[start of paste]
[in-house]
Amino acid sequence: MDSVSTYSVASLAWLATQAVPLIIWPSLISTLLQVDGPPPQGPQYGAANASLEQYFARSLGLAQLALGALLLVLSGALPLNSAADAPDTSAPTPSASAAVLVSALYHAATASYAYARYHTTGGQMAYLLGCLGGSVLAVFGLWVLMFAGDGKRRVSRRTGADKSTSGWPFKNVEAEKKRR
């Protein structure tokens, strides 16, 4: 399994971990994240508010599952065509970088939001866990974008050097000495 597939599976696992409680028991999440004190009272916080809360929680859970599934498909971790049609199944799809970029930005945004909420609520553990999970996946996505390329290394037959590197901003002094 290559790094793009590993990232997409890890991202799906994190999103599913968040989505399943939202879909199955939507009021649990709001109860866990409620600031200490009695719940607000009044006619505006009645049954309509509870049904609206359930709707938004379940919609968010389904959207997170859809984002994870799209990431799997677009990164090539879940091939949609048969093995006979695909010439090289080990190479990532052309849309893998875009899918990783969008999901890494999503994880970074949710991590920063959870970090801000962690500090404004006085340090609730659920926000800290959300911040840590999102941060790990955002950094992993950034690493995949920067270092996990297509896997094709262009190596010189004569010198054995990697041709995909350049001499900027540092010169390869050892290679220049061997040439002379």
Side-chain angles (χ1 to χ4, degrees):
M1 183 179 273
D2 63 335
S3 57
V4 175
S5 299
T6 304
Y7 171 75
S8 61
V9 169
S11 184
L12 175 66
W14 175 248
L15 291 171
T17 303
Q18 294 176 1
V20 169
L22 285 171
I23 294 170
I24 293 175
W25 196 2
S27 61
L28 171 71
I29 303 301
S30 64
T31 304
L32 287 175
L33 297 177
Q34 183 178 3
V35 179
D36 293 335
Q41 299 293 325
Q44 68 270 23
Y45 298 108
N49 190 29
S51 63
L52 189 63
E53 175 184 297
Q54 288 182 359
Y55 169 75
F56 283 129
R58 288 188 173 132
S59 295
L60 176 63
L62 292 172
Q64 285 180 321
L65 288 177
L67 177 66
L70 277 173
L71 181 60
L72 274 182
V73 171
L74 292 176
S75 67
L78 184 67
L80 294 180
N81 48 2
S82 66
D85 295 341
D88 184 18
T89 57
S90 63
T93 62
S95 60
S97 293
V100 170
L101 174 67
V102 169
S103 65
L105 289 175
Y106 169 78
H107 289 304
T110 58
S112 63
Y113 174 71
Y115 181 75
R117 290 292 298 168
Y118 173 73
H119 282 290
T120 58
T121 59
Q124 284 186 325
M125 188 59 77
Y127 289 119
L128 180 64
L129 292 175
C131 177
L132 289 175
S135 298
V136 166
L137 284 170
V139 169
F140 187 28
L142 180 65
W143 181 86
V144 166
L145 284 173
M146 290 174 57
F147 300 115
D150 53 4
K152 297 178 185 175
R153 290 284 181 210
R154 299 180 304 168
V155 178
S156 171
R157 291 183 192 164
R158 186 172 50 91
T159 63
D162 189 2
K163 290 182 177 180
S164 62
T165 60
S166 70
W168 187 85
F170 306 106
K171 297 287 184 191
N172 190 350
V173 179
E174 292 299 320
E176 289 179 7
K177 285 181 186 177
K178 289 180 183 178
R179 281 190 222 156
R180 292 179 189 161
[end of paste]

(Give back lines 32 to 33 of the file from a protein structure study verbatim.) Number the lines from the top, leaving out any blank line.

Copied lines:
Q34 183 178 3
V35 179